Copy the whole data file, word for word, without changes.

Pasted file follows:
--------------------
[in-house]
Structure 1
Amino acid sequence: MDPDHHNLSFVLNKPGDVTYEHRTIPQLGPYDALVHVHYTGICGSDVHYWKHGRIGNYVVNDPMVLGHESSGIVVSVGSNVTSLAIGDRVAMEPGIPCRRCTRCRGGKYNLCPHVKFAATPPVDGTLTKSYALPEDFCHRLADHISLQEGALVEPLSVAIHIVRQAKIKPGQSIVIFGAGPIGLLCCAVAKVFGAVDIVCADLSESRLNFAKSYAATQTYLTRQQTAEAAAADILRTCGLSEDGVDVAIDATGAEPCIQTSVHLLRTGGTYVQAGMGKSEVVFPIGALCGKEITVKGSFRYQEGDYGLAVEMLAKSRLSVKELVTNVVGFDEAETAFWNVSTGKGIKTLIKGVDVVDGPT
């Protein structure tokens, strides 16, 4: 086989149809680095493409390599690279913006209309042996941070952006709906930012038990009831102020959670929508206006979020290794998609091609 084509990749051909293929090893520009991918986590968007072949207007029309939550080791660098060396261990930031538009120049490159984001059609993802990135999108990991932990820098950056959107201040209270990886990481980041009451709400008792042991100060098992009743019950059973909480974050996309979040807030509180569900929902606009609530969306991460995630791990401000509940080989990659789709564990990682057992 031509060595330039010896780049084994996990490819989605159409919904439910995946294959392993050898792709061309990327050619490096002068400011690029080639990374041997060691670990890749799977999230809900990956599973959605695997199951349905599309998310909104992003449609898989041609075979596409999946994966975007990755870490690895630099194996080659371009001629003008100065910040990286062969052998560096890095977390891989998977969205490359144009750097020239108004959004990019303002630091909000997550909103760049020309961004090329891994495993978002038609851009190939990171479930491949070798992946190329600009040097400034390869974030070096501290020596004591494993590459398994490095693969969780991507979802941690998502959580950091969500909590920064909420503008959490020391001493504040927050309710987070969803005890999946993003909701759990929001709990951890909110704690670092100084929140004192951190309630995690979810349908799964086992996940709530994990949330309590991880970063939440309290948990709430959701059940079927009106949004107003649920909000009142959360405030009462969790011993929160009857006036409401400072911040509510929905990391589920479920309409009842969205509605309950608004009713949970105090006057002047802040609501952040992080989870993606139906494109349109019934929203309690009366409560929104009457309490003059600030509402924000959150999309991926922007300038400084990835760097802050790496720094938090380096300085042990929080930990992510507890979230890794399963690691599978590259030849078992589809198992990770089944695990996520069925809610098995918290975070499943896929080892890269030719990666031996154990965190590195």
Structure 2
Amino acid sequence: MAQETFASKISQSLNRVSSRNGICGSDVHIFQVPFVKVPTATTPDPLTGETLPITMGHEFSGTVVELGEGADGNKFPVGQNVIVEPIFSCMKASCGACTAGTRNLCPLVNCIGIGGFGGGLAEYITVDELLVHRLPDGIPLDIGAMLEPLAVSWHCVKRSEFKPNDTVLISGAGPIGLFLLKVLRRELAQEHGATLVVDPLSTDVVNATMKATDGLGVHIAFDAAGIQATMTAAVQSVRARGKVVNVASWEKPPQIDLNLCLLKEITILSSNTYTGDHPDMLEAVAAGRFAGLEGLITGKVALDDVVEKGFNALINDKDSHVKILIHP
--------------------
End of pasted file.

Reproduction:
[in-house]
Structure 1
Amino acid sequence: MDPDHHNLSFVLNKPGDVTYEHRTIPQLGPYDALVHVHYTGICGSDVHYWKHGRIGNYVVNDPMVLGHESSGIVVSVGSNVTSLAIGDRVAMEPGIPCRRCTRCRGGKYNLCPHVKFAATPPVDGTLTKSYALPEDFCHRLADHISLQEGALVEPLSVAIHIVRQAKIKPGQSIVIFGAGPIGLLCCAVAKVFGAVDIVCADLSESRLNFAKSYAATQTYLTRQQTAEAAAADILRTCGLSEDGVDVAIDATGAEPCIQTSVHLLRTGGTYVQAGMGKSEVVFPIGALCGKEITVKGSFRYQEGDYGLAVEMLAKSRLSVKELVTNVVGFDEAETAFWNVSTGKGIKTLIKGVDVVDGPT
């Protein structure tokens, strides 16, 4: 086989149809680095493409390599690279913006209309042996941070952006709906930012038990009831102020959670929508206006979020290794998609091609 084509990749051909293929090893520009991918986590968007072949207007029309939550080791660098060396261990930031538009120049490159984001059609993802990135999108990991932990820098950056959107201040209270990886990481980041009451709400008792042991100060098992009743019950059973909480974050996309979040807030509180569900929902606009609530969306991460995630791990401000509940080989990659789709564990990682057992 031509060595330039010896780049084994996990490819989605159409919904439910995946294959392993050898792709061309990327050619490096002068400011690029080639990374041997060691670990890749799977999230809900990956599973959605695997199951349905599309998310909104992003449609898989041609075979596409999946994966975007990755870490690895630099194996080659371009001629003008100065910040990286062969052998560096890095977390891989998977969205490359144009750097020239108004959004990019303002630091909000997550909103760049020309961004090329891994495993978002038609851009190939990171479930491949070798992946190329600009040097400034390869974030070096501290020596004591494993590459398994490095693969969780991507979802941690998502959580950091969500909590920064909420503008959490020391001493504040927050309710987070969803005890999946993003909701759990929001709990951890909110704690670092100084929140004192951190309630995690979810349908799964086992996940709530994990949330309590991880970063939440309290948990709430959701059940079927009106949004107003649920909000009142959360405030009462969790011993929160009857006036409401400072911040509510929905990391589920479920309409009842969205509605309950608004009713949970105090006057002047802040609501952040992080989870993606139906494109349109019934929203309690009366409560929104009457309490003059600030509402924000959150999309991926922007300038400084990835760097802050790496720094938090380096300085042990929080930990992510507890979230890794399963690691599978590259030849078992589809198992990770089944695990996520069925809610098995918290975070499943896929080892890269030719990666031996154990965190590195």
Structure 2
Amino acid sequence: MAQETFASKISQSLNRVSSRNGICGSDVHIFQVPFVKVPTATTPDPLTGETLPITMGHEFSGTVVELGEGADGNKFPVGQNVIVEPIFSCMKASCGACTAGTRNLCPLVNCIGIGGFGGGLAEYITVDELLVHRLPDGIPLDIGAMLEPLAVSWHCVKRSEFKPNDTVLISGAGPIGLFLLKVLRRELAQEHGATLVVDPLSTDVVNATMKATDGLGVHIAFDAAGIQATMTAAVQSVRARGKVVNVASWEKPPQIDLNLCLLKEITILSSNTYTGDHPDMLEAVAAGRFAGLEGLITGKVALDDVVEKGFNALINDKDSHVKILIHP